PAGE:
The Kahanamoku Brothers at Waikiki. Courtesy of Bishop Museum Archive
B17, Duke Kahanamoku, ‘Ambassador of Aloha and Surfing to the World.’
In 1912, Hawaiian beach boy Duke Paoa Kahanamoku was already famous as a surfer and swimmer. He was credited with developing the flutter kick to replace the scissor kick in freestyle swimming and was the three-time world record holder in the 100-meter freestyle. As a surfer, Duke was one of Hawai’i’s best ocean watermen, a beach boy and one of the founders of the Hui Nalu Club. Duke was a fine figure of a Polynesian, slim and muscular and built for speed, blessed with extraordinarily long hands and feet.
In 1912, Duke passed through southern California en route to the summer Olympics in Stockholm, Sweden. His surfing demonstrations at Corona del Mar and Santa Monica caused a sensation much greater than Freeth’s. Duke became world famous by winning an Olympic gold medal in the 100-meter freestyle in Stockholm and again in Antwerp in 1916. Touted as the fastest swimmer alive, Duke was on the road constantly, giving swimming exhibitions around Europe, the United States and the world. He also became a favorite of Hollywood casting directors, playing Aztec chiefs, Hindu thiefs and Arab princes. On weekends he would take his Hollywood friends surfing, and everywhere he could, Duke used his fame to introduce the world to the sport of surfing.
Duke Kahanamoku, ‘Ambassador of Aloha and Surfing to the World.’ Courtesy of Bishop Museum Archive
In 1915, Duke was invited by the New South Wales Swimming Association to give a swimming exhibition at the Domain Baths in Sydney. Australians were vaguely aware of surfing at the time, and the ocean-crazed people were thrilled when Duke fashioned an 8′ 6″ alaia board out of native Australian sugar pine. Duke rode the board at Freshwater Beach in Manly in February of 1915 and singlehandedly put Australia on a path to superpower status in the surfing world.
Duke was a busy man into the ’20s, competing in the 1920 and 1924 Olympics, hobnobbing in Hollywood and spreading surfing to the world. Back home in Hawai’i in the summer of 1917, Duke rode a now legendary wave at Kalehuawehe, which was now called Outside Castles. He caught a wave that took him well over a thousand yards, from all the way outside Castles, through Elk’s Club, Cunha’s and Queen’s and all the way to the beach. This was a wave and a feat that has never been matched, and another boost for Duke’s enduring legend.
B19, Tom Blake, Important Surfing Pioneer and Creator of the Surfboard Fin.
After George Freeth in 1907 and Duke Kahanamoku through the 1920s, the population of surfers in California grew slowly. Surfboards were mostly made of heavy and unwieldy redwoods and hardwoods with designs adapted from Hawaiian shapes to fit California conditions. By 1928, a Wisconsin-born man named Tom Blake organized the Pacific Coast Surfriding Championships at Corona del Mar. Top surfers from all over California competed for the Tom Blake Trophy from 1928 to 1941, when World War II put an end to the event. Blake was also the first photographer to shoot surfing from the water.
Tom Blake, Important Surfing Pioneer and Creator of the Surfboard Fin. Courtesy of Bishop Museum Archive
John H. ‘Doc’ Ball, circa 1935
One of the first southern California men who became enamored with surfing in the ’20s and ’30s was John H. “Doc” Ball, a swimmer and dentist who grew up near Hermosa Beach, and struggled with the heavy, redwood surfboards until he developed the strength and agility to handle them. Doc Ball got hooked by surfing as seriously as any man ever has, finding it “a great stress reliever” to be away from the close confines and pain of the dentist’s chair. Doc Ball was also fascinated by photography and he became the first Californian to go about seriously documenting the surfing lifestyle as it existed before, during and after World War II. He was the second surf photographer, after Tom Blake, to photograph surfing from the water with a waterproof camera housing.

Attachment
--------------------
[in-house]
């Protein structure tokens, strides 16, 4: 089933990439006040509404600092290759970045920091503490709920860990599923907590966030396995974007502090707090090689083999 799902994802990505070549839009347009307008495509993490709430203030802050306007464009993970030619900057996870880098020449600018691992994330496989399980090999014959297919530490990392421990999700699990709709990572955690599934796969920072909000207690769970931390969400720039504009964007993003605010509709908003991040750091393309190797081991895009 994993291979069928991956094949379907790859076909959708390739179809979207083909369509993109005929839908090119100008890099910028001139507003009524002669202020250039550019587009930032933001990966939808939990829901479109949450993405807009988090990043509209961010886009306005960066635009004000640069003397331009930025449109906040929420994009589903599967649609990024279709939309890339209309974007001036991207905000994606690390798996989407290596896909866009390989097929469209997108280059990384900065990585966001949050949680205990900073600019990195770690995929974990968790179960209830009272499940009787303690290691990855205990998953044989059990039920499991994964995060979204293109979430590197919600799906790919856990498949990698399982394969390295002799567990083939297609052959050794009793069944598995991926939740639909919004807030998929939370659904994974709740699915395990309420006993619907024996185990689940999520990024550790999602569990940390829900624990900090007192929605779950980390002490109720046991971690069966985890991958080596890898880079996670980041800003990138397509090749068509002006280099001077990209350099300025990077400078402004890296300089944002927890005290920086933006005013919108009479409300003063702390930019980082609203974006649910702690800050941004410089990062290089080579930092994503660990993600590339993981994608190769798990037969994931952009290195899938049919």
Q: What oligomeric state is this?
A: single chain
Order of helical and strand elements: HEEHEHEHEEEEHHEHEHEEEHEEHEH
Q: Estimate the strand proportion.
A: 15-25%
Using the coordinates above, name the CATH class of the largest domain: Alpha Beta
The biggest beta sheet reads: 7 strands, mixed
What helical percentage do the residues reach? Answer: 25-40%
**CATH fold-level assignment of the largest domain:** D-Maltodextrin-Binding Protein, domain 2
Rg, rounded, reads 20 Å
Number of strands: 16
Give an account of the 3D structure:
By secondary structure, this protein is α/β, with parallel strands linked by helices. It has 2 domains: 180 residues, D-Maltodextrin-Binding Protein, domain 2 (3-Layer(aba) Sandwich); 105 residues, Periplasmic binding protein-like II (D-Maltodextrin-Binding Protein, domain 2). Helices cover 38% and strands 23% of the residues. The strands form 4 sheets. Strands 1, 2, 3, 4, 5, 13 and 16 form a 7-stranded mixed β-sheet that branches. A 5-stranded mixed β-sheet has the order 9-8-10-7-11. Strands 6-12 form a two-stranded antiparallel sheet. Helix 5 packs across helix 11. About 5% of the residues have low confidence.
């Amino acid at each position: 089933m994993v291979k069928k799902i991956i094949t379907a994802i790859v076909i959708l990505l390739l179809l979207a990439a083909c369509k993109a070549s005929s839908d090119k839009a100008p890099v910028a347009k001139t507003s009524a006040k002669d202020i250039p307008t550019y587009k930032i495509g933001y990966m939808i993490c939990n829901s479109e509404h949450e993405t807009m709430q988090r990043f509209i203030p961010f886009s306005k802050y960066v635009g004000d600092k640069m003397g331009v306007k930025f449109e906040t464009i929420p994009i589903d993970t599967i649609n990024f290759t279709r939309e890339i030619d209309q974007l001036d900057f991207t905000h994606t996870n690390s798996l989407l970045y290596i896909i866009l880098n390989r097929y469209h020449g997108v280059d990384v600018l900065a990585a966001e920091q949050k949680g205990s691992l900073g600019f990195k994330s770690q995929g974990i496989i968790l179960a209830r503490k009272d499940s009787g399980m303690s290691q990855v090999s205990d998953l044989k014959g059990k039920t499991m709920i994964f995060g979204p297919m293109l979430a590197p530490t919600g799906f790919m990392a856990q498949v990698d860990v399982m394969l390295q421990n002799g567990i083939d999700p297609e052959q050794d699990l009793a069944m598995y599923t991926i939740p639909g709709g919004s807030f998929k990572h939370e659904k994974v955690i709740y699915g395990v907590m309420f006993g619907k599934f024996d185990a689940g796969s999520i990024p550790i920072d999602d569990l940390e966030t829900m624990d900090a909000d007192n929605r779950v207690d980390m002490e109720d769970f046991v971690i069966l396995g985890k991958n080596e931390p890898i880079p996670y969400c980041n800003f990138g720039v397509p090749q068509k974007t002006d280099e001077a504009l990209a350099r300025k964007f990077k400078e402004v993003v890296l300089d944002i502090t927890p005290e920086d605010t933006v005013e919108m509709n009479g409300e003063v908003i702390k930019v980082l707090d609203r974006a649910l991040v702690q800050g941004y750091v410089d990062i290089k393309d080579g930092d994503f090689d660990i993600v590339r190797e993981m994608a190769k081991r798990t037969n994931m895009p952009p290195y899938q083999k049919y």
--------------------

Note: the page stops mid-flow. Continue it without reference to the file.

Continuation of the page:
John H. ‘Doc’ Ball, circa 1935
California Surfriders 1946 by ‘Doc’ Ball
Doc Ball’s classic photo book, California Surfriders 1946 is a masterpiece of the time, showing sturdy men and women enjoying a nearly pristine California coast from La Jolla to Santa Barbara, and on up to Santa Cruz and Pacifica: beach parties with fresh lobster and abalone pulled from the ocean, hardly any traffic along the coast highway and a California coast that was still open and undeveloped. It’s enough to make a resident of the 21st century long for the good old days.
California Surfriders 1946 by ‘Doc’ Ball
SFL, 25:03 Photo by LeRoy Grannis
Doc Ball became best friends with surfer LeRoy Grannis, and passed the mantle of surf photography to him in 1960. Grannis (known to his friends as “Granny”) continued Doc’s tradition of documenting the California (and then Hawai’i) surfing scenes with high quality photography. Grannis became the founding photographer of Surfing Magazine in the early ’60s.
Photo by LeRoy Grannis
SFL 16:07 Woody Brown, circa 1950
Although World War II curtailed much of the surfing activity in California and Hawai’i, it exposed tens of thousands of men to Hawai’i, to the Pacific Ocean, and to “the Sport of Kings.” Woodbridge Parker “Woody” Brown was one of these men. The son of an upper-class New York family, Brown was more interested in freedom and flying than “big-shot money deals.” He learned to fly alongside Charles Lindbergh in Long Island, New York, and soon became a world-record holding glider pilot. While living in San Diego, Woody took up surfing and helped to establish the Torry Pines Glider Port, which still stands today.
Woody Brown, circa 1950
In 1939, Woody became a national flying hero when he set world gliding records for both altitude and distance. But his triumph was followed by tragedy when his wife died in childbirth soon after he returned home to San Diego. Brown was devastated and fled to the South Pacific to try and get away from his grief. He toured the islands on a bicycle, a lost soul partially healed by the Aloha spirit he found everywhere. After wandering the islands, Brown settled on the beach at Waikiki where he immersed himself in the ocean lifestyle: surfing, swimming, and sailing. He applied his knowledge of aerodynamics to the hydrodynamics of surfboard design and he also invented and built the first modern catamaran. Brown married a local Hawaiian woman, embraced Hawaiian music and culture and was adopted by Hawaiians as one of their own. When Woody and Rachel “Ma” Brown were first married, they lived atop the Waikiki Tavern in the heart of Waikiki Beach, still a semi-paradise before the hotels and the tourists arrived.